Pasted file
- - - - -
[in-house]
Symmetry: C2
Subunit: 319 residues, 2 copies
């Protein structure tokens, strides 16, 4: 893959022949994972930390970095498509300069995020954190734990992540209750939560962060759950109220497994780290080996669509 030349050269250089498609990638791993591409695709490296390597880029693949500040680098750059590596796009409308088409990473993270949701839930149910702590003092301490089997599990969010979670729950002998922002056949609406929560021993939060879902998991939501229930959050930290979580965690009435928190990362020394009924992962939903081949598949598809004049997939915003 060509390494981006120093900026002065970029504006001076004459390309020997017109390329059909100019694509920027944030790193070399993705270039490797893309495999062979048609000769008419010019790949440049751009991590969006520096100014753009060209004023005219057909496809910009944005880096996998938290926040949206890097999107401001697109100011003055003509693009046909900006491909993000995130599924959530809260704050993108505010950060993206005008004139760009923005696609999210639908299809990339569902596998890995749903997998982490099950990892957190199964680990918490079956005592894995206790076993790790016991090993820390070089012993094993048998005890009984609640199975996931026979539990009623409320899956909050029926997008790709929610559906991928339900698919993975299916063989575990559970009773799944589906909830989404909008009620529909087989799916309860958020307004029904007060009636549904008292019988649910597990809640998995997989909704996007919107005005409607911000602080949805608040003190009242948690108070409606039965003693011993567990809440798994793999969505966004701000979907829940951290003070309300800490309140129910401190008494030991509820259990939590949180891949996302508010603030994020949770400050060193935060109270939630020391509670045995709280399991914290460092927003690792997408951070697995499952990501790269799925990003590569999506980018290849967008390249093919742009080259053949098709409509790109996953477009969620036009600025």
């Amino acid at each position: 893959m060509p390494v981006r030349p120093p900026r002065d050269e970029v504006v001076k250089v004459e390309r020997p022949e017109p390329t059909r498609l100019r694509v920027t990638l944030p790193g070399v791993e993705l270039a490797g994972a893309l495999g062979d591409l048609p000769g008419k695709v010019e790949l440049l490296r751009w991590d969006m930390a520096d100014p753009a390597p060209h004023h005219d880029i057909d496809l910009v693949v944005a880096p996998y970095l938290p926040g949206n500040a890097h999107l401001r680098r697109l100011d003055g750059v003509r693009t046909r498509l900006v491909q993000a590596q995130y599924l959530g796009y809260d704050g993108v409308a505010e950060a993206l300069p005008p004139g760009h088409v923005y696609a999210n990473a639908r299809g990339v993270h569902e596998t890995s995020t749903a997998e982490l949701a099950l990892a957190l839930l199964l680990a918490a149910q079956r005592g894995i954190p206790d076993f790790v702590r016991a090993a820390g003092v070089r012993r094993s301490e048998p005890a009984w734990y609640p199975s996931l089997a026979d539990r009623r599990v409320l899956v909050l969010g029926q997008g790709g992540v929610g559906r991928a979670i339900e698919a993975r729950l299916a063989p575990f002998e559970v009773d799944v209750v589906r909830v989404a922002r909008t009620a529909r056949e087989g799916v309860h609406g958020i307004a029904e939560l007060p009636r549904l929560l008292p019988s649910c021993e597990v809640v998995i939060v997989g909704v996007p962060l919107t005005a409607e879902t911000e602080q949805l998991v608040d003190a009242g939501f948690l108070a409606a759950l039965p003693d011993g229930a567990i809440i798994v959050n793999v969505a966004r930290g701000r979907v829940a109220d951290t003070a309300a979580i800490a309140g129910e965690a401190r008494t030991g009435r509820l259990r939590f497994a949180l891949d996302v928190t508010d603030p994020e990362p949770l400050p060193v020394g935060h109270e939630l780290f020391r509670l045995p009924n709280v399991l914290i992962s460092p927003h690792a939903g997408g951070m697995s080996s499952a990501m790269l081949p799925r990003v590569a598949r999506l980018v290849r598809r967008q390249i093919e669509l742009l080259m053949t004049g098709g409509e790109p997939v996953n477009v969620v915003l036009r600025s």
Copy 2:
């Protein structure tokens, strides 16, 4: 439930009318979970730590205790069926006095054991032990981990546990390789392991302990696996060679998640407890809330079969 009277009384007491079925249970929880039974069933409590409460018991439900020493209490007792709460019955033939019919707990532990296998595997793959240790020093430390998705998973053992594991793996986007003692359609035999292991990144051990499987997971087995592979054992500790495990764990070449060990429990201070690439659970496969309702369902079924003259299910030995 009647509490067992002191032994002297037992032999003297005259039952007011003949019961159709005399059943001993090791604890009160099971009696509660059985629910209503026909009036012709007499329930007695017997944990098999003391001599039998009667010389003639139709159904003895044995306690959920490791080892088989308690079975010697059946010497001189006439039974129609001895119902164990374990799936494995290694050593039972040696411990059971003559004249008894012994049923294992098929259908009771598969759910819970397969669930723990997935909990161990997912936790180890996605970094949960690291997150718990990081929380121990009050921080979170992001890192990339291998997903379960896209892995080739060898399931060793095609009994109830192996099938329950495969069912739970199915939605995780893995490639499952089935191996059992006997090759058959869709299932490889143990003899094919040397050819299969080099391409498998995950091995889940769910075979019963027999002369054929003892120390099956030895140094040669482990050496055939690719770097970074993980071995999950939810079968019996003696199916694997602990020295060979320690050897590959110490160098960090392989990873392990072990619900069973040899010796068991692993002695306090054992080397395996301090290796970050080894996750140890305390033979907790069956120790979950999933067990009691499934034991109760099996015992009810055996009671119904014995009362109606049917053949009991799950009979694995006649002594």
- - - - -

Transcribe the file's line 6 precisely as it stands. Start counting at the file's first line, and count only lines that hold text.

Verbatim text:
Copy 2: